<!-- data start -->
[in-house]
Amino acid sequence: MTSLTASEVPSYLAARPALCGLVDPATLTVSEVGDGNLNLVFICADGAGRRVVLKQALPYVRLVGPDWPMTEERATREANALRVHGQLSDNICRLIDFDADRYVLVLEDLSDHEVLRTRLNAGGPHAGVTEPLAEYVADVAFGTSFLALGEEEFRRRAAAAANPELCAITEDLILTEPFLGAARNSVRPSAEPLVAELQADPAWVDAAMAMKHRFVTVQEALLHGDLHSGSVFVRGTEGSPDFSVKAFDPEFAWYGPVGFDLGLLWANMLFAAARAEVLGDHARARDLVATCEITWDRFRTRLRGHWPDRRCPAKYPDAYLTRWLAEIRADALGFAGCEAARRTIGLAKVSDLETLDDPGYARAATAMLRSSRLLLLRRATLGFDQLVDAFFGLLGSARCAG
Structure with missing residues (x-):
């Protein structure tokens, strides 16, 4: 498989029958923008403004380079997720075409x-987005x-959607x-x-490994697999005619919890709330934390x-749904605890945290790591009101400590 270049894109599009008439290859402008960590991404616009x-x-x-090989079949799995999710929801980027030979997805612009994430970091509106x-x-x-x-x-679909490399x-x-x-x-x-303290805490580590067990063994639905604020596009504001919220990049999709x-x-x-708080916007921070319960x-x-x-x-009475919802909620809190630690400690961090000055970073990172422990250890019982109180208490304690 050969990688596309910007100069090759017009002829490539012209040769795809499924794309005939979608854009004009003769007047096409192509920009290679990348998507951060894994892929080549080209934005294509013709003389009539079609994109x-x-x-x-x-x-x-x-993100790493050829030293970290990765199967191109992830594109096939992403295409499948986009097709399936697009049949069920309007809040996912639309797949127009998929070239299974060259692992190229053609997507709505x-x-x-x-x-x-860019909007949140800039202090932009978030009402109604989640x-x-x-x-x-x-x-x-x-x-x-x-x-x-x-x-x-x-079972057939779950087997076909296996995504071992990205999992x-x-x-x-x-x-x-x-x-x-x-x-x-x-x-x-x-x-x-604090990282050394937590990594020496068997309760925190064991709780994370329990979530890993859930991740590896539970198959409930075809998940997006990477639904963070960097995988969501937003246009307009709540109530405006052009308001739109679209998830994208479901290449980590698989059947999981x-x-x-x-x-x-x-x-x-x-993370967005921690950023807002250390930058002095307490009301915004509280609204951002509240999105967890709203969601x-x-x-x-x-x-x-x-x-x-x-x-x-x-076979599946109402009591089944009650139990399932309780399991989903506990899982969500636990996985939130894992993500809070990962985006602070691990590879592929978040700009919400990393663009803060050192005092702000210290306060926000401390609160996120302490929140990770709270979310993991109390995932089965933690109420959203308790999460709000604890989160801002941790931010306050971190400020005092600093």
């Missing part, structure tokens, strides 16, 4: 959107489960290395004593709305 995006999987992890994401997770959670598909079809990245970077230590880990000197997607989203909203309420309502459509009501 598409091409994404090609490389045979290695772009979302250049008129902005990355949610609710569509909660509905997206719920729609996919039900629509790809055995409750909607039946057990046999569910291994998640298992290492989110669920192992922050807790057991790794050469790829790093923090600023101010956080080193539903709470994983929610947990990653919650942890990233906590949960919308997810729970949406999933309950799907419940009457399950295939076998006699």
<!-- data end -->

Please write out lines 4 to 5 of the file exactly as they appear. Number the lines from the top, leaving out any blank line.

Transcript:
């Protein structure tokens, strides 16, 4: 498989029958923008403004380079997720075409x-987005x-959607x-x-490994697999005619919890709330934390x-749904605890945290790591009101400590 270049894109599009008439290859402008960590991404616009x-x-x-090989079949799995999710929801980027030979997805612009994430970091509106x-x-x-x-x-679909490399x-x-x-x-x-303290805490580590067990063994639905604020596009504001919220990049999709x-x-x-708080916007921070319960x-x-x-x-009475919802909620809190630690400690961090000055970073990172422990250890019982109180208490304690 050969990688596309910007100069090759017009002829490539012209040769795809499924794309005939979608854009004009003769007047096409192509920009290679990348998507951060894994892929080549080209934005294509013709003389009539079609994109x-x-x-x-x-x-x-x-993100790493050829030293970290990765199967191109992830594109096939992403295409499948986009097709399936697009049949069920309007809040996912639309797949127009998929070239299974060259692992190229053609997507709505x-x-x-x-x-x-860019909007949140800039202090932009978030009402109604989640x-x-x-x-x-x-x-x-x-x-x-x-x-x-x-x-x-x-079972057939779950087997076909296996995504071992990205999992x-x-x-x-x-x-x-x-x-x-x-x-x-x-x-x-x-x-x-604090990282050394937590990594020496068997309760925190064991709780994370329990979530890993859930991740590896539970198959409930075809998940997006990477639904963070960097995988969501937003246009307009709540109530405006052009308001739109679209998830994208479901290449980590698989059947999981x-x-x-x-x-x-x-x-x-x-993370967005921690950023807002250390930058002095307490009301915004509280609204951002509240999105967890709203969601x-x-x-x-x-x-x-x-x-x-x-x-x-x-076979599946109402009591089944009650139990399932309780399991989903506990899982969500636990996985939130894992993500809070990962985006602070691990590879592929978040700009919400990393663009803060050192005092702000210290306060926000401390609160996120302490929140990770709270979310993991109390995932089965933690109420959203308790999460709000604890989160801002941790931010306050971190400020005092600093």
């Missing part, structure tokens, strides 16, 4: 959107489960290395004593709305 995006999987992890994401997770959670598909079809990245970077230590880990000197997607989203909203309420309502459509009501 598409091409994404090609490389045979290695772009979302250049008129902005990355949610609710569509909660509905997206719920729609996919039900629509790809055995409750909607039946057990046999569910291994998640298992290492989110669920192992922050807790057991790794050469790829790093923090600023101010956080080193539903709470994983929610947990990653919650942890990233906590949960919308997810729970949406999933309950799907419940009457399950295939076998006699």